The Medieval Review 10.09.05

sterberg, Eva. Friendship and Love, Ethics and Politics: Studies in Mediaeval and Early Modern History. The Natalie Zemon Davis Annual Lectures. Budapest: Central European University Press, 2010. Pp. 229. . $22.95 ISBN 978-963-9776-60-9.

Reviewed by:

Ruth Mazo Karras
University of Minnesota
rmk@umn.edu

The chapters in this book were delivered as the Natalie Zemon Davis Annual Lectures at the Central European University in 2008. They constitute a worthy tribute from one distinguished historian to another. A set of lectures like this can give a scholar a chance to step back and place her own research in a broad context. In the process Österberg delivers a clear statement about the historical importance of topics like friendship and love which many people think of as being private matters. Once again, she shows that the personal is political and that historians interested in these issues are not simply voyeurs but study the wider societal implications of personal relationships. Individual friendships, of course, may have political implications, but Österberg's focus is on the "intellectual and political discourses on love and friendship" to determine "the purposes they served in different periods, and their impact not only on other social discourses but also on social change" (13).

Österberg asks what changed with modernity--to what extent did personal bonds that were previously thought to constitute the basis of society come to be seen as a danger to the state or the church? To what extent did the rise of individualism affect changing notions of friendship? Of the three main chapters, one concentrates on friendship and love in terms of the public-private dichotomy, one focuses on friendship as reflected in autobiography, and one addresses permissible and forbidden forms of love and sexuality in the early modern period. She draws particularly on examples from Scandinavia, her area of expertise, summarizing her own research and that of others. Her bibliography includes scholarship in Swedish, English, German, French and Italian. A significant absence, given her discussion of the boundary between friendship and erotic love and between acceptable and forbidden types of relationship, is Alan Bray's The Friend (University of Chicago Press, 2003).

Chapter Two is entitled "Challenging the Private-Public Dichotomy: Friendship in Mediaeval and Early Modern Society." To feminist scholarship this hardly seems new. The Berkshire Conference on the History of Women took "Beyond the Public-Private Dichotomy" as its theme in 1987. But Österberg takes a quite different angle from historians who reacted against the idea that the women were connected with the private sphere and men with the public. She argues that although the line between the public and private spheres was clearly recognized in ancient, medieval and early modern European society, friendship blurred it. The philosophers and other authors she cites discuss male-male friendship almost exclusively, either explicitly or as the unmarked category; somewhat surprisingly given Österberg's work in gender history, she paraphrases Aristotle's and Cicero's discussions of friendship between virtuous men without comment, although she notes that the way Aristotle combines love and friendship "is less surprising if we bear in mind that Aristotle lived in a homosocial and to some extent homoerotic milieu" (30). Surprisingly, also, she can speak of "mediaeval man" as having "a worldview" (32), without indicating whether "man" here means "people" and without putting "worldview" in the plural. But among the exponents of the medieval Christian ideal of spiritual friendship and the risks of worldly friendships, she includes Birgitta of Sweden (1303-1373) as well as Aelred of Rievaulx (1110-1167), who would be the usual suspect.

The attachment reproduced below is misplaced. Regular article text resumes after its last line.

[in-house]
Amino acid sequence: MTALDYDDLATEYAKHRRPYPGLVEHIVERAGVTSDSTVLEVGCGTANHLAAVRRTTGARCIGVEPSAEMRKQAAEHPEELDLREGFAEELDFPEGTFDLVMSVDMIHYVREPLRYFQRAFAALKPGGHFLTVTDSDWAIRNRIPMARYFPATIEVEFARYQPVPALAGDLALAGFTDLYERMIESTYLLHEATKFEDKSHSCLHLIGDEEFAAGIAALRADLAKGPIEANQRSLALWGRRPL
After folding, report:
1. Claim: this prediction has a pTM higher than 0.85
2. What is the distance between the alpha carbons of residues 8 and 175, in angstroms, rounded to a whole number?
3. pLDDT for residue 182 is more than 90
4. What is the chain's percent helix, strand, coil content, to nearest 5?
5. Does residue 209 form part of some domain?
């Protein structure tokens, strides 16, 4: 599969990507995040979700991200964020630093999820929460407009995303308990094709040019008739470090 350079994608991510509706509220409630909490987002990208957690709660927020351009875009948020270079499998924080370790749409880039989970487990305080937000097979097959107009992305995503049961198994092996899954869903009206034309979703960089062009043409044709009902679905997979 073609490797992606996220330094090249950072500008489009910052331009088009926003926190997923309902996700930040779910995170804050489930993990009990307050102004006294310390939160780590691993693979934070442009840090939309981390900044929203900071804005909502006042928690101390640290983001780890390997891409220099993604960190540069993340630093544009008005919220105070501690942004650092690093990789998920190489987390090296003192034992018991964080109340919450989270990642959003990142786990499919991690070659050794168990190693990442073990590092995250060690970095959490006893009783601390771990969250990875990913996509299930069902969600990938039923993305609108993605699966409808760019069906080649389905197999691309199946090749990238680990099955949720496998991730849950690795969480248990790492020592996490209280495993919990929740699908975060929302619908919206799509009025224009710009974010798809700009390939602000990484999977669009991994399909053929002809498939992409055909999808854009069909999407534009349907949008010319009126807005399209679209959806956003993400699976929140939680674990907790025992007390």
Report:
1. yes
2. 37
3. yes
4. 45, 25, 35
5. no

Österberg also draws on the Icelandic sagas to argue that friendship appears not as a sentiment but as a thing to be won. She is certainly right about this; there is something of this in Cicero's view of friendship too, as well as in many medieval understandings of heterosexual love. Her prime example is the friendship between Njal and Gunnar in Njal's Saga , which she uses to demonstrate that bonds of friendship can even outweigh those of kinship. Friendship in the sagas, she argues, "has little to do with the joy of seeing each other or enjoying a good meal together. It was a much more serious affair. It referred to a broader social context...Friendship alliances, like other social alliances, were the very breath of life for the mediaeval Icelanders of the sagas" (48). While the political significance of friendship is undoubtedly central in the sagas, however, and often veers toward a patron-client type of relationship, the emotional and pleasurable aspect should not be ignored. The saga author presents Njal's and Gunnar's friendship as deep and heartfelt; loyalty is not only a matter of rules and honor but also a result of respect for each other. It is not just alliance and utility-although it is certainly also that.

In the early modern period, Österberg argues, friendship was a political and judicial term signaling peaceful alliance. She takes Queen Christina of Sweden (1626-1689) and her diplomatic efforts as an example. It would be interesting to know whether the language of friendship Christina used was cast differently from that of male rulers. Österberg also gives examples from everyday life in both Sweden and England. The Swedish noblewoman and prolific letter-writer Catharina Wallenstedt (1627-1719) used the language of friendship both in regard to the political alliance system and for the small number of people, mainly women, who really cared about her and her family. Similarly the English clergyman Ralph Josselin (1617-1683), although he used the term "friend" for relatives (as was the usage at the time) and for patrons, stressed the empathy of soul he had with a small number of people of both sexes. The English merchant Thomas Turner, who kept diaries between 17545-1765, used "friendship" more broadly for a wide network of people including family and business acquaintances. In all cases, "the practice of friendship in the early modern period seems often to have been devoid of the equality demanded by ideal friendship...The observation that friendship was not seen as something to be restricted to private life seems once again born [sic] out" (74). Yet in Sweden, as in other countries in the early modern period, friendship was seen as potentially leading to corruption in the state through cronyism in appointments and legal proceedings.